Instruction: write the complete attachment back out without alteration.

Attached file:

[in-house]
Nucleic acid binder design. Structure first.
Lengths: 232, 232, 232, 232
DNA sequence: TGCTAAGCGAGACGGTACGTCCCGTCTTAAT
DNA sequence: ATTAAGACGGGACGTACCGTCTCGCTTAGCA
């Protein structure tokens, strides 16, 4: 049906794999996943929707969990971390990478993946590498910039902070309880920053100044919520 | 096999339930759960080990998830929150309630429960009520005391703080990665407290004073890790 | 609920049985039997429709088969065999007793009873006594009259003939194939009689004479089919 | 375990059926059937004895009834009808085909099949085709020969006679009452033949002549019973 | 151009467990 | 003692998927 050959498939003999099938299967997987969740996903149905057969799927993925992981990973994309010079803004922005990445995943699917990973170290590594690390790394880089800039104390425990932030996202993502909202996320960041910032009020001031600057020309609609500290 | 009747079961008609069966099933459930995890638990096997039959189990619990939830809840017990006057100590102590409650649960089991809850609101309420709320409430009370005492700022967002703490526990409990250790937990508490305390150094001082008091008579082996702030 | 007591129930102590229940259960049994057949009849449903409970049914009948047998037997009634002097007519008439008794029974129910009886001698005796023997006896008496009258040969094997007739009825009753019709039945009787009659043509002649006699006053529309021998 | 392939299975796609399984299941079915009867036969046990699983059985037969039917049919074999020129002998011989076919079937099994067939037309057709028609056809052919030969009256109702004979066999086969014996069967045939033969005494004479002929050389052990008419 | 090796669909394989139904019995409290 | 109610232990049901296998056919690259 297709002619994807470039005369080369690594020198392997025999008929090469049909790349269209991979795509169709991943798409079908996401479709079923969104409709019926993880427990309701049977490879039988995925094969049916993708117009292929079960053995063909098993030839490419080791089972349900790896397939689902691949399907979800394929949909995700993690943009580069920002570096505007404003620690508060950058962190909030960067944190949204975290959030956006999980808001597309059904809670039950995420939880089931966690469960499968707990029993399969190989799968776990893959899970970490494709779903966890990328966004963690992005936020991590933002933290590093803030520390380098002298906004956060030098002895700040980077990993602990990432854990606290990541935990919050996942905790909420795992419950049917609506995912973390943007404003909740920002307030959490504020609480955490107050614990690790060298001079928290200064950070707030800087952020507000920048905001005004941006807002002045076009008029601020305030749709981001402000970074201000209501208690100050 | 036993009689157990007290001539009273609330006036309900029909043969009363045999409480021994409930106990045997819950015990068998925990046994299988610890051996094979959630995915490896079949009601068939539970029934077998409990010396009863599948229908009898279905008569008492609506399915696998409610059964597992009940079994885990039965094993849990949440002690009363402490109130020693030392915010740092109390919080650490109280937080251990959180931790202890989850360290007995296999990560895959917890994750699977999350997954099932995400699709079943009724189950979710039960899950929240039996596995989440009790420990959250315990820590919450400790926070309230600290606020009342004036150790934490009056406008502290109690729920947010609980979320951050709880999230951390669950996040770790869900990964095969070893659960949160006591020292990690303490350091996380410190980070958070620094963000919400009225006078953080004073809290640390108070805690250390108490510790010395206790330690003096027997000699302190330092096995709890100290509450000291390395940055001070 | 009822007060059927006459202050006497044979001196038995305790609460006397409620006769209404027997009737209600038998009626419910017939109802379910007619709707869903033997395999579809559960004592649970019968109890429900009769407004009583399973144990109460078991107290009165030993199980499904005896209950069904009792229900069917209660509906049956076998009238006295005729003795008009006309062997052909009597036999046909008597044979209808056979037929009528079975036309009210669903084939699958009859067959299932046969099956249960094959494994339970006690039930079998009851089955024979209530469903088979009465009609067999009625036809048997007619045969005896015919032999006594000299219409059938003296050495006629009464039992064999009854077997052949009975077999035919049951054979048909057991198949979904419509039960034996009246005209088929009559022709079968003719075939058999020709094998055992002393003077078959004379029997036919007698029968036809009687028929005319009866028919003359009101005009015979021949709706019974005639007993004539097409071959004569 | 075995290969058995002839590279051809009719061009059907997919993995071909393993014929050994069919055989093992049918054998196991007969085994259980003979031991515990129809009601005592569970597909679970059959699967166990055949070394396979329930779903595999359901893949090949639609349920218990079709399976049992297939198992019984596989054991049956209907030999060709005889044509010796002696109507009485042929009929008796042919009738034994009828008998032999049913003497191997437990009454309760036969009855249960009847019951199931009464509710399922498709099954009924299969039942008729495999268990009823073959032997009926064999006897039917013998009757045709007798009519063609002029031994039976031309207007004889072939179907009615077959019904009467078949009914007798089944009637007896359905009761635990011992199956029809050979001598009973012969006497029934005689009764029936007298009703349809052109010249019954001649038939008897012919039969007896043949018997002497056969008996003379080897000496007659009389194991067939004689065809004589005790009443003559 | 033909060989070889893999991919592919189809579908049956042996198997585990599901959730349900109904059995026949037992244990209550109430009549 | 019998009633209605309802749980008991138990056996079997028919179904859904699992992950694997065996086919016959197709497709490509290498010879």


[in-house]
Nucleic acid binder design. Structure first.
Lengths: 232, 232, 232, 232
DNA sequence: TGCTAAGCGAGACGGTACGTCCCGTCTTAAT
DNA sequence: ATTAAGACGGGACGTACCGTCTCGCTTAGCA
């Protein structure tokens, strides 16, 4: 049906794999996943929707969990971390990478993946590498910039902070309880920053100044919520 | 096999339930759960080990998830929150309630429960009520005391703080990665407290004073890790 | 609920049985039997429709088969065999007793009873006594009259003939194939009689004479089919 | 375990059926059937004895009834009808085909099949085709020969006679009452033949002549019973 | 151009467990 | 003692998927 050959498939003999099938299967997987969740996903149905057969799927993925992981990973994309010079803004922005990445995943699917990973170290590594690390790394880089800039104390425990932030996202993502909202996320960041910032009020001031600057020309609609500290 | 009747079961008609069966099933459930995890638990096997039959189990619990939830809840017990006057100590102590409650649960089991809850609101309420709320409430009370005492700022967002703490526990409990250790937990508490305390150094001082008091008579082996702030 | 007591129930102590229940259960049994057949009849449903409970049914009948047998037997009634002097007519008439008794029974129910009886001698005796023997006896008496009258040969094997007739009825009753019709039945009787009659043509002649006699006053529309021998 | 392939299975796609399984299941079915009867036969046990699983059985037969039917049919074999020129002998011989076919079937099994067939037309057709028609056809052919030969009256109702004979066999086969014996069967045939033969005494004479002929050389052990008419 | 090796669909394989139904019995409290 | 109610232990049901296998056919690259 297709002619994807470039005369080369690594020198392997025999008929090469049909790349269209991979795509169709991943798409079908996401479709079923969104409709019926993880427990309701049977490879039988995925094969049916993708117009292929079960053995063909098993030839490419080791089972349900790896397939689902691949399907979800394929949909995700993690943009580069920002570096505007404003620690508060950058962190909030960067944190949204975290959030956006999980808001597309059904809670039950995420939880089931966690469960499968707990029993399969190989799968776990893959899970970490494709779903966890990328966004963690992005936020991590933002933290590093803030520390380098002298906004956060030098002895700040980077990993602990990432854990606290990541935990919050996942905790909420795992419950049917609506995912973390943007404003909740920002307030959490504020609480955490107050614990690790060298001079928290200064950070707030800087952020507000920048905001005004941006807002002045076009008029601020305030749709981001402000970074201000209501208690100050 | 036993009689157990007290001539009273609330006036309900029909043969009363045999409480021994409930106990045997819950015990068998925990046994299988610890051996094979959630995915490896079949009601068939539970029934077998409990010396009863599948229908009898279905008569008492609506399915696998409610059964597992009940079994885990039965094993849990949440002690009363402490109130020693030392915010740092109390919080650490109280937080251990959180931790202890989850360290007995296999990560895959917890994750699977999350997954099932995400699709079943009724189950979710039960899950929240039996596995989440009790420990959250315990820590919450400790926070309230600290606020009342004036150790934490009056406008502290109690729920947010609980979320951050709880999230951390669950996040770790869900990964095969070893659960949160006591020292990690303490350091996380410190980070958070620094963000919400009225006078953080004073809290640390108070805690250390108490510790010395206790330690003096027997000699302190330092096995709890100290509450000291390395940055001070 | 009822007060059927006459202050006497044979001196038995305790609460006397409620006769209404027997009737209600038998009626419910017939109802379910007619709707869903033997395999579809559960004592649970019968109890429900009769407004009583399973144990109460078991107290009165030993199980499904005896209950069904009792229900069917209660509906049956076998009238006295005729003795008009006309062997052909009597036999046909008597044979209808056979037929009528079975036309009210669903084939699958009859067959299932046969099956249960094959494994339970006690039930079998009851089955024979209530469903088979009465009609067999009625036809048997007619045969005896015919032999006594000299219409059938003296050495006629009464039992064999009854077997052949009975077999035919049951054979048909057991198949979904419509039960034996009246005209088929009559022709079968003719075939058999020709094998055992002393003077078959004379029997036919007698029968036809009687028929005319009866028919003359009101005009015979021949709706019974005639007993004539097409071959004569 | 075995290969058995002839590279051809009719061009059907997919993995071909393993014929050994069919055989093992049918054998196991007969085994259980003979031991515990129809009601005592569970597909679970059959699967166990055949070394396979329930779903595999359901893949090949639609349920218990079709399976049992297939198992019984596989054991049956209907030999060709005889044509010796002696109507009485042929009929008796042919009738034994009828008998032999049913003497191997437990009454309760036969009855249960009847019951199931009464509710399922498709099954009924299969039942008729495999268990009823073959032997009926064999006897039917013998009757045709007798009519063609002029031994039976031309207007004889072939179907009615077959019904009467078949009914007798089944009637007896359905009761635990011992199956029809050979001598009973012969006497029934005689009764029936007298009703349809052109010249019954001649038939008897012919039969007896043949018997002497056969008996003379080897000496007659009389194991067939004689065809004589005790009443003559 | 033909060989070889893999991919592919189809579908049956042996198997585990599901959730349900109904059995026949037992244990209550109430009549 | 019998009633209605309802749980008991138990056996079997028919179904859904699992992950694997065996086919016959197709497709490509290498010879």